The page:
One of the greatest skills a person can possess is knowing when to speak and when to listen. Many conversations happened during my trip to South Africa. Some of them I agreed with and others, I had a difference in opinion. I found that all people every want to know is that someone is listening to them. Everyone has a story no matter their background and everyone deserves the opportunity to tell that story without interruption. There were many people who just wanted their story to be told so that maybe the rest of the world could understand them just a little bit better. Communication of how people are living their lives is being blocked between different parts of South Africa. Many people who are well off do not want to hear the sad stories of the people who are going hungry and are living in poor conditions. The poor also may not listen due to being uneducated and not being able to see the whole picture. They just see what effects them directly and they do not realize how the whole is impacted. I have kept this piece vague on purpose.
Problems of communication are not just affecting South Africa, these mistakes and misleads of communication affect every country in different ways. As stated byCarl Rogers in his writing, “Communication: It’s blocking and it’s facilitation”, he hits the nail on the head on what blocks most communication. He talks about how people judge and approve or disapprove of a person upon meeting them. When a person allows for this natural act to occur and gives no thought to their predispositions, then communication becomes effected. Communication is also affected when their is high emotional attachments to a topic and this does not allow for a person to understand the other point of view.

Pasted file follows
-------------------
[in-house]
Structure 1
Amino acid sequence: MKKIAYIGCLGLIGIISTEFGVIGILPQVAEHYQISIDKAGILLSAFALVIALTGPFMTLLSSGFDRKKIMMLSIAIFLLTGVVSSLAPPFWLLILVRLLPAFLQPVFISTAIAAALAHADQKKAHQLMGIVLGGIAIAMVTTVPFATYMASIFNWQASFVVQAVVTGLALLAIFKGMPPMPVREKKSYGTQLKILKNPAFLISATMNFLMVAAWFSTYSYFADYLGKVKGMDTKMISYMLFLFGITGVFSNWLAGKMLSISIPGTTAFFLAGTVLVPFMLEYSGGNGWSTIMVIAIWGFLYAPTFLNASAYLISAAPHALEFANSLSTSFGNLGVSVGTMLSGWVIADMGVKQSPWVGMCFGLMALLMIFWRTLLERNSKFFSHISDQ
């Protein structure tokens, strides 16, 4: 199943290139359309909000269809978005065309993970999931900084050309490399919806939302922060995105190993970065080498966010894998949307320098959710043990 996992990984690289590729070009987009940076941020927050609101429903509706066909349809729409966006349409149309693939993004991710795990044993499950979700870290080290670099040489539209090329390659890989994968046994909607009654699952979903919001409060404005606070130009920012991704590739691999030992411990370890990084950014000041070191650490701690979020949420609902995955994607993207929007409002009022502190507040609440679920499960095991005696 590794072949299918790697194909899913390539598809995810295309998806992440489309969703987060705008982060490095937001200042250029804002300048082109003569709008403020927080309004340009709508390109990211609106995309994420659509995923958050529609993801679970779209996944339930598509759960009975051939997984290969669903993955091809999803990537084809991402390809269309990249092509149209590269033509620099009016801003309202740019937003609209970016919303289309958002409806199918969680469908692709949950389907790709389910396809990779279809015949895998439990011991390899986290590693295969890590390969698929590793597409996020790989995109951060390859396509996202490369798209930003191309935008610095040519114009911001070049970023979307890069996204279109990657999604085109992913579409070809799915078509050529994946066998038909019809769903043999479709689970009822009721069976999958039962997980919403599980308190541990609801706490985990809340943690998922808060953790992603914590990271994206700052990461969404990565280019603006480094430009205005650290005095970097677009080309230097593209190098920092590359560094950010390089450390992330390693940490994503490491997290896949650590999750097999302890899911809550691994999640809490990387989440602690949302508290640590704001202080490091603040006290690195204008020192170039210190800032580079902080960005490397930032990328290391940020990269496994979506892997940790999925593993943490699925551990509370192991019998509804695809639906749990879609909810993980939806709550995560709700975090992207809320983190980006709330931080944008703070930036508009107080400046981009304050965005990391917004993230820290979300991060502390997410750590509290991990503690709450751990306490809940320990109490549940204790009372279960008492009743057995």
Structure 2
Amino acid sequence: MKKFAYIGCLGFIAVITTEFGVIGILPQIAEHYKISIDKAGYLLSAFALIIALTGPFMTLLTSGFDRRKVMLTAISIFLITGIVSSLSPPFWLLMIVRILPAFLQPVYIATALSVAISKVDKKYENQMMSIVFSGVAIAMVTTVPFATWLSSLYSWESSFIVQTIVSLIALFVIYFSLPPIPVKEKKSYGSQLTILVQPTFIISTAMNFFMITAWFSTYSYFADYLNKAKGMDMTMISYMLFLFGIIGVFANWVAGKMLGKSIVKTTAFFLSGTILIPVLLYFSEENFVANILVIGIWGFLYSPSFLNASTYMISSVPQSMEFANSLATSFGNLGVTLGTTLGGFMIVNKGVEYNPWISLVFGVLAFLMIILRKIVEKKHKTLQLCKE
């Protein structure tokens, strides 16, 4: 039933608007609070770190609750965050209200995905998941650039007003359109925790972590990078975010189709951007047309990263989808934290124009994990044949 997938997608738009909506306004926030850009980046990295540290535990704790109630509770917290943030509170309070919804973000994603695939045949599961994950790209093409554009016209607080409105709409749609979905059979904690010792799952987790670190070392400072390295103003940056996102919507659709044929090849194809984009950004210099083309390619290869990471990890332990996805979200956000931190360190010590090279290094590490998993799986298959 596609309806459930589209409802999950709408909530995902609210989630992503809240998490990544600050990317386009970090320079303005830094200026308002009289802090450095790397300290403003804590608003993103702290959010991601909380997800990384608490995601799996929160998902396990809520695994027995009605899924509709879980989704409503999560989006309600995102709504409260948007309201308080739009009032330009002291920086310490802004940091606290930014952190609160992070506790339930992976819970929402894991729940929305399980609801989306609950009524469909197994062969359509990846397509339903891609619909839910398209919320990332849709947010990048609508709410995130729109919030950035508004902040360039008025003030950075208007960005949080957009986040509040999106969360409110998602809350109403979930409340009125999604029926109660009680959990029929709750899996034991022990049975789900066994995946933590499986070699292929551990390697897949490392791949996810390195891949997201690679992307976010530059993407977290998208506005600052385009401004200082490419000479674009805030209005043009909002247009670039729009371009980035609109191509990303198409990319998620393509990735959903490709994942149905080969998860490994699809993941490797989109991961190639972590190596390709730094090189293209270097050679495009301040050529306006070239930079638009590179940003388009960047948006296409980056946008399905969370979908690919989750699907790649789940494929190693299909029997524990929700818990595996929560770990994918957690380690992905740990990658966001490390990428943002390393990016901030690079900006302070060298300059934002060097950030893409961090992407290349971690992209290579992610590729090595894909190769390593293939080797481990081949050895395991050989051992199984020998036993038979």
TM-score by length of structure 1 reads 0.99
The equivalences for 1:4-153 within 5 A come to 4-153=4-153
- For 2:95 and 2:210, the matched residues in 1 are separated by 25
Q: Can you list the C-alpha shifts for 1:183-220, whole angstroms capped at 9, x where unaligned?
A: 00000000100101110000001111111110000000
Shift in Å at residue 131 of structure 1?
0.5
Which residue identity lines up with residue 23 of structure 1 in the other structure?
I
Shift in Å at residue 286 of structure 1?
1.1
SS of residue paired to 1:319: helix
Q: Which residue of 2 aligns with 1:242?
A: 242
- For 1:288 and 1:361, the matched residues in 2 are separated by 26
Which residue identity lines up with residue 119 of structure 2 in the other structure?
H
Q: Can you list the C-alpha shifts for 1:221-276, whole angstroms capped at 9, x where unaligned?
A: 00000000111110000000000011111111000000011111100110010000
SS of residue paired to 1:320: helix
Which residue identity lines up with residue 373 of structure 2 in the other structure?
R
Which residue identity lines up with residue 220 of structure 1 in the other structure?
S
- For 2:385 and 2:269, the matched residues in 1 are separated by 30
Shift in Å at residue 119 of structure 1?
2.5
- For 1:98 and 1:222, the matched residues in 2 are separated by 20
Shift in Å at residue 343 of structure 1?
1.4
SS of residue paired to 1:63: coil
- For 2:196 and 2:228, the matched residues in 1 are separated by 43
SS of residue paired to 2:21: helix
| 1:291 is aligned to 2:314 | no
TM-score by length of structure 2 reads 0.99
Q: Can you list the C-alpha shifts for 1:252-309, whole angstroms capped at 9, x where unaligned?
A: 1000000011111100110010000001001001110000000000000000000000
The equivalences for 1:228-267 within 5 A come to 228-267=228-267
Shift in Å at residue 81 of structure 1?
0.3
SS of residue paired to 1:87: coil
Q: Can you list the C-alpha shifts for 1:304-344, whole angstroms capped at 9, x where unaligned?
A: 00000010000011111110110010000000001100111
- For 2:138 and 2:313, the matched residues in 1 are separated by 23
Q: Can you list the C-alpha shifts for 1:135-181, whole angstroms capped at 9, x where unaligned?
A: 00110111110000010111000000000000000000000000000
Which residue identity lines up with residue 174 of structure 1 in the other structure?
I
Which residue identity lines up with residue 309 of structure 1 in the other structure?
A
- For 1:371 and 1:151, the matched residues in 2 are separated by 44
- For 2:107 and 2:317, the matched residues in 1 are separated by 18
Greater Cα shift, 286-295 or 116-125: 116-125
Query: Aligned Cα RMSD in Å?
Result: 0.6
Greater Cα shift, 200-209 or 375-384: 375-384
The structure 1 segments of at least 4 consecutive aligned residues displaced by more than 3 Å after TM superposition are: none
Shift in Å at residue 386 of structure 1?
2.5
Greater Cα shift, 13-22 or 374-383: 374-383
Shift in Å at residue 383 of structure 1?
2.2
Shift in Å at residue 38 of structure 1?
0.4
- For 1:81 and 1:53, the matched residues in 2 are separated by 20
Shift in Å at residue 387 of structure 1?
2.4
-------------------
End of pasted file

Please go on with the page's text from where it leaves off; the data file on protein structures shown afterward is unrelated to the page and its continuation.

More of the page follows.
The one specific topic I will speak to, in terms of communication, is the topic of race. In South Africa everyone openly discusses what sets them apart and makes them unique but it all steams from pride. Everyone knows who they are and the embrace and celebrate their differences. There are emotional attachments when someone is talking about their culture but they do not allow for their emotions to cloud their communication with another person. This is very different from many countries, especially America, where it is almost tabu to talk about a persons race openly or without people becoming overly emotional. In America we want to see everyone as being equal and the “same” but we should be celebrating diversity more so then placing everyone into the same box. South Africa has a way of talking and understanding one another’s differences and it is beautiful to see. Perhaps one day my home country will be able to celebrate how melted together it is just like South Africa.
When most people think of wine, they often think of the grapes that make up it or the beautiful view that surrounds the vines. Often the people that create that amazing bottle of wine are forgotten. This however is not the case at Solms Delta Wine Estate in Franschhoek South Africa. This winery is celebrating their past and educating people where their wine comes from. Their wine has been made for years by many families that have lived there. Many years back, the farm was worked on by slaves and over time they just became people who lived on the same land and worked it. The owner Mark is a professor and bought the land in 1994. When he realized that these families had not been given education or compensation, other then wine, for their labors; he decided to change how the farm would operate. He turned this once fruit farm, into a winery and vineyard. He also gave the children of the families access to education and after school care. Half of the wine profits go back to the people who tended to the land. Mark also has a small music museum on site to show case different instruments that the people played throughout the years. He had found these instruments throughout the farm and gave these them back to the people. Now there is a musical group of workers that preform from this vineyard.